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O83 Phase 1 study of an anti-CD27 agonist as monotherapy and in combination with pembrolizumab in patients with advanced solid tumors
  1. Ronnie Shapira-Frommer1,
  2. Marloes GJ van Dongen2,
  3. Konstantin Dobrenkov3,
  4. Elliot Chartash3,
  5. Fang Liu3,
  6. Claire Li3,
  7. Richard Wnek3 and
  8. Manish Patel4
  1. 1Oncology Institute, Sheba Medical Center, Ramat-Gan, Israel, Ramat-Gan, Israel
  2. 2Antoni van Leeuwenhoek Hospital, Amsterdam, Netherlands, Amsterdam, Netherlands
  3. 3Merck and Co., Inc., Kenilworth, NJ, USA, Kenilworth, NJ, USA
  4. 4Florida Cancer Specialists/Sarah Cannon Research Institute, Sarasota, FL, USA


Background MK-5890 is a humanized agonist monoclonal antibody that binds to CD27 to provide a costimulatory signal that enhances T-cell–mediated responses. This first-in-human phase 1 study of MK-5890 evaluated the safety and efficacy of escalating doses of MK-5890 as monotherapy and in combination with pembrolizumab in patients with advanced solid tumors.

Methods Key eligibility criteria included histologically or cytologically confirmed advanced solid tumor, measurable disease by RECIST v1.1, and ECOG PS ≤1. MK-5890 was tested alone (dose range, 2-700 mg) or with pembrolizumab (fixed dose, 200 mg). Patients with disease progression following MK-5890 monotherapy were eligible to cross over to combination treatment. The primary objective was safety and tolerability. Objective response rate by investigator per RECIST v1.1 was also evaluated. The database cutoff for this analysis was May 30, 2019.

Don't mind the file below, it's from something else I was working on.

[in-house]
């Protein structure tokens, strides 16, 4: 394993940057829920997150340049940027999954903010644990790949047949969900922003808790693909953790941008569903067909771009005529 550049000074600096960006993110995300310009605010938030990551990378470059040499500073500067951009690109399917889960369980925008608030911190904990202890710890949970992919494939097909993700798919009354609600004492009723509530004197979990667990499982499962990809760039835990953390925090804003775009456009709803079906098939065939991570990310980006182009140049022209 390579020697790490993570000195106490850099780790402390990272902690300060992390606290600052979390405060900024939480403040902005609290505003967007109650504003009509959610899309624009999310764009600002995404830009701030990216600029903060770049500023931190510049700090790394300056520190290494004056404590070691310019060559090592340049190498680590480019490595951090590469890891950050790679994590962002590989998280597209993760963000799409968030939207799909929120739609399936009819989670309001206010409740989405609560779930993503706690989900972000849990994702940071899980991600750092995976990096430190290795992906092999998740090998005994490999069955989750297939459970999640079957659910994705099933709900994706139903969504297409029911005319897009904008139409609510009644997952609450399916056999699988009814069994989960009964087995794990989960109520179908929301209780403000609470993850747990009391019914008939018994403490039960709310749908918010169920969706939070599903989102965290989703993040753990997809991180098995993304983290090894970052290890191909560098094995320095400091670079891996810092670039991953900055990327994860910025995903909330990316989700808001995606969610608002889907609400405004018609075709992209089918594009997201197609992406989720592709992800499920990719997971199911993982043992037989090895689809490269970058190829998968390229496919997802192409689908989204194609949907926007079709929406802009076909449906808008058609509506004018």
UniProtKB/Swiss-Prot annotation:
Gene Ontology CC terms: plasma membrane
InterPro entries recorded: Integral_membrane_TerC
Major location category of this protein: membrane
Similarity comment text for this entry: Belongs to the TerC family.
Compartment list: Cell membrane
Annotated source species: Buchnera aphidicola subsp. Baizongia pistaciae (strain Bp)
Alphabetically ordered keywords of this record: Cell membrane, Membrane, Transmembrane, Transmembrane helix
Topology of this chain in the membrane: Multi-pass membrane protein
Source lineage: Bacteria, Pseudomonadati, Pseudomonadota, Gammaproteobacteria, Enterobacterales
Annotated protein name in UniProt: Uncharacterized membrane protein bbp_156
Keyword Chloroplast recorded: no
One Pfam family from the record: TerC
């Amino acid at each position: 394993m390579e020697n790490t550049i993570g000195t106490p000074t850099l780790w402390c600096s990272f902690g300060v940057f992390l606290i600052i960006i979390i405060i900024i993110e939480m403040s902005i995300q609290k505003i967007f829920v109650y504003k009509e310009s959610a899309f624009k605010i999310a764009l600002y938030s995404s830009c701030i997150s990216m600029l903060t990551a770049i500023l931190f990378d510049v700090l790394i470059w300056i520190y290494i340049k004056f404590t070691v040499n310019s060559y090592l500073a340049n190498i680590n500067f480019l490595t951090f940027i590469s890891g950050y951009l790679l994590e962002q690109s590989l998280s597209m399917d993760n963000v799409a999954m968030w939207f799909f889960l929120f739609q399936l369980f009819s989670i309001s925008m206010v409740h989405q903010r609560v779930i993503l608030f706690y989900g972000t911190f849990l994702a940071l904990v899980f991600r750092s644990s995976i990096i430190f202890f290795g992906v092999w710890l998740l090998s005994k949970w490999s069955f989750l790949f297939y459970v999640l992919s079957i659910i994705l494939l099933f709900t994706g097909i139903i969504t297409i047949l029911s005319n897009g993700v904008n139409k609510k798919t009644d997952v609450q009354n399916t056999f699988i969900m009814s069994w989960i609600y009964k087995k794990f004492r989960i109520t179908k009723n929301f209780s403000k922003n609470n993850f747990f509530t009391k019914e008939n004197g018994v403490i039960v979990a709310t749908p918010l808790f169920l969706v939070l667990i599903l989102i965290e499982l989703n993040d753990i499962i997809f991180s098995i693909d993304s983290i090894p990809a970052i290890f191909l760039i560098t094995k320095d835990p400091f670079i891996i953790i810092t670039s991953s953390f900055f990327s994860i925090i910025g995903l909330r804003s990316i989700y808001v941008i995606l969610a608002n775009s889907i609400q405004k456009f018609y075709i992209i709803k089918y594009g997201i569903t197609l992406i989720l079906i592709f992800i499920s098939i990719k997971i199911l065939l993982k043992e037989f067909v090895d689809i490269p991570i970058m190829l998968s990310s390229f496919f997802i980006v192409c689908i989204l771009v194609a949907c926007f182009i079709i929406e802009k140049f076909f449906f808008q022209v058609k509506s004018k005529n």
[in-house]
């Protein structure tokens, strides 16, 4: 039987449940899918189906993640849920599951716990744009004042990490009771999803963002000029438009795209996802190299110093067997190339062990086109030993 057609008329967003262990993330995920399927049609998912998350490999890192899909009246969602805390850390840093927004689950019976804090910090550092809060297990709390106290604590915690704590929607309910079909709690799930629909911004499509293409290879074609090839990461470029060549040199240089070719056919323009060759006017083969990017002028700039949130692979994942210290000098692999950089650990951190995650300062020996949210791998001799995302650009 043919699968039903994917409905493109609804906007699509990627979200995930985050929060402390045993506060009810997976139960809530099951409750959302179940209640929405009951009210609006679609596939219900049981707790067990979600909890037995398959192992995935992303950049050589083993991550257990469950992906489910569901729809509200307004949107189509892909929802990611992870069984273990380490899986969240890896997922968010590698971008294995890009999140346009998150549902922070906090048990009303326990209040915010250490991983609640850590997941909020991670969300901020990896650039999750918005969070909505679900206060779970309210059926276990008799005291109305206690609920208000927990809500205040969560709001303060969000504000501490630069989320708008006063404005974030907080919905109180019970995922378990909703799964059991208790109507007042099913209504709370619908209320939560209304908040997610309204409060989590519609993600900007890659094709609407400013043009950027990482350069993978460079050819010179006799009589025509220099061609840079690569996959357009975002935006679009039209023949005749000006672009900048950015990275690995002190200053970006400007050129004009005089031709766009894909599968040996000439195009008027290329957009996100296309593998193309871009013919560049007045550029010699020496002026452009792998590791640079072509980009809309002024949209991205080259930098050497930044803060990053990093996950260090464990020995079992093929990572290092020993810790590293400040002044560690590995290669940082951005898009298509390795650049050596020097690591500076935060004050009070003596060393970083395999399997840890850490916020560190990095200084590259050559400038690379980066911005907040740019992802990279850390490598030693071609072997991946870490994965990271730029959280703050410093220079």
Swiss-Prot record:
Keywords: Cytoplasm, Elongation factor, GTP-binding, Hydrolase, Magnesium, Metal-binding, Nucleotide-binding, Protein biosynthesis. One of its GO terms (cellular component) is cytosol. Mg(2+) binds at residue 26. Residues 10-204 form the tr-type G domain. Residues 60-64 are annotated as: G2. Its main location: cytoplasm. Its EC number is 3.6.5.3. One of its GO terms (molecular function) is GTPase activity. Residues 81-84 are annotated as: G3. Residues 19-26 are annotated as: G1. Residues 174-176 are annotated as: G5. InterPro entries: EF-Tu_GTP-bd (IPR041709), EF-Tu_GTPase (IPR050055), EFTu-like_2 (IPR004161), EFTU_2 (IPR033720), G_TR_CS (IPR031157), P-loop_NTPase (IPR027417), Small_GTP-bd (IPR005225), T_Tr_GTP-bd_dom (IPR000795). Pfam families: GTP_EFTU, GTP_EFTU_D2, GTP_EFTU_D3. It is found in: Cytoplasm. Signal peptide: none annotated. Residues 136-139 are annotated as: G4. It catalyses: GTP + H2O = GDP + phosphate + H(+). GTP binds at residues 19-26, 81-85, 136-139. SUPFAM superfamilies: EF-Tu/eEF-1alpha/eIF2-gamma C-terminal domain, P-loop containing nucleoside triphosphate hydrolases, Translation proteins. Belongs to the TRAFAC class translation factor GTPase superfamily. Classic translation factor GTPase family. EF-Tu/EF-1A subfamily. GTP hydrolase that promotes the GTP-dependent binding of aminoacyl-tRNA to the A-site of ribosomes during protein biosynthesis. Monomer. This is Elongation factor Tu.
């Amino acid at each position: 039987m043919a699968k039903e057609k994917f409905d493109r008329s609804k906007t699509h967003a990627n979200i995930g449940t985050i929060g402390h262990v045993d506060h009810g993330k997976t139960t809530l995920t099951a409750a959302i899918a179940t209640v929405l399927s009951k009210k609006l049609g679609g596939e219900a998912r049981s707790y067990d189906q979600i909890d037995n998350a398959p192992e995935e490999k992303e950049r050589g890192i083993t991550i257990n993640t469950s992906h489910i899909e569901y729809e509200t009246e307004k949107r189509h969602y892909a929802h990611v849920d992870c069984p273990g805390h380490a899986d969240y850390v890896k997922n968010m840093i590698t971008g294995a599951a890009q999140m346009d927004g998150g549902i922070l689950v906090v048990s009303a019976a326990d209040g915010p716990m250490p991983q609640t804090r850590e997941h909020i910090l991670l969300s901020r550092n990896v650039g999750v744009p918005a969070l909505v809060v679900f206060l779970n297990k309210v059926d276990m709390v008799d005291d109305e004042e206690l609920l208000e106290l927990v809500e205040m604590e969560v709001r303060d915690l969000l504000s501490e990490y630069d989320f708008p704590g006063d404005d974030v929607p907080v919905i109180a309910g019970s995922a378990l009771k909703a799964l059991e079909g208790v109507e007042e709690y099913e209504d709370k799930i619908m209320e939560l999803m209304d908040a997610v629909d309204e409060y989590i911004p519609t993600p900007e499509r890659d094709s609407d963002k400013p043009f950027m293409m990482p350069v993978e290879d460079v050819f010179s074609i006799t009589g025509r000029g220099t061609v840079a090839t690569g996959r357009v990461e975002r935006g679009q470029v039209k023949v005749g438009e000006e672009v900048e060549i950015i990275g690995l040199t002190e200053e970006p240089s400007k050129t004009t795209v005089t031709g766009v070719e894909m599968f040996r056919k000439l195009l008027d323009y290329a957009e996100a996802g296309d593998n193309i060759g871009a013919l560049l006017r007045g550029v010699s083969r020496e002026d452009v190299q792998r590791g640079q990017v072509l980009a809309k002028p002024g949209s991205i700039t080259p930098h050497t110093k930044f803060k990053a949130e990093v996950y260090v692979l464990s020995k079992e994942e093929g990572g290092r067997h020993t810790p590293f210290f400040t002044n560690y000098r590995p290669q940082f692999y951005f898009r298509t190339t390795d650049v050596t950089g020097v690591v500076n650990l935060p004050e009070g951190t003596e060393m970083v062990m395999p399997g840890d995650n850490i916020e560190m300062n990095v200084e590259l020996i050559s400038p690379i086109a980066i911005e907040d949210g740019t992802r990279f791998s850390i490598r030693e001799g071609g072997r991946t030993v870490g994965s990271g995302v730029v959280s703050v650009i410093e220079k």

Results Of 44 patients enrolled, 25 received MK-5890 and 19 received MK-5890 plus pembrolizumab; their median age was 59.0 years, 61.4% were female, 47.7% had ECOG PS 1, and 13.6% previously received immune checkpoint inhibitor therapy. In the initial phase, dose-limiting toxicities (DLTs) were reported in 3 patients receiving MK-5890 and 1 patient receiving MK-5890 plus pembrolizumab; all DLTs were associated with infusion-related adverse events. Maximum tolerated dose was defined. Treatment-related adverse events (TRAEs) were reported in 40 patients (90.9%): 22 patients (88.0%) receiving MK-5890 and 18 patients (94.7%) receiving MK-5890 plus pembrolizumab. The most common TRAEs were fatigue (28.0%) and infusion-related reactions (28.0%) with MK-5890 and fatigue (36.8%) and pruritus (31.6%) with MK-5809 plus pembrolizumab. Grade 3-4 TRAEs were reported in 10 patients (22.7%): 6 patients (24.0%) receiving MK-5890 and 4 patients (21.1%) receiving MK-5890 plus pembrolizumab; no grade 5 events were observed. One patient (4.0%) achieved a partial response (PR) with MK-5890 and 1 patient (5.3%) achieved a PR with MK-5890 plus pembrolizumab. Fourteen patients entered the crossover phase to receive MK-5890 plus pembrolizumab. In the crossover phase, no DLTs were reported. TRAEs were reported in 12 patients (85.7%); the most common were pruritus (21.4%), rash (21.4%), and headache (14.3%). One patient (7.1%) reported grade 3-4 TRAEs of increased amylase and increased lipase; no grade 5 events were observed. Two patients (14.3%) achieved a complete response and 2 patients (14.3%) achieved a PR.

Conclusions Treatment with MK-5890, alone and in combination with pembrolizumab, demonstrated an acceptable safety profile. Early antitumor activity was observed in patients with advanced solid tumors in both monotherapy and combination therapy arms.

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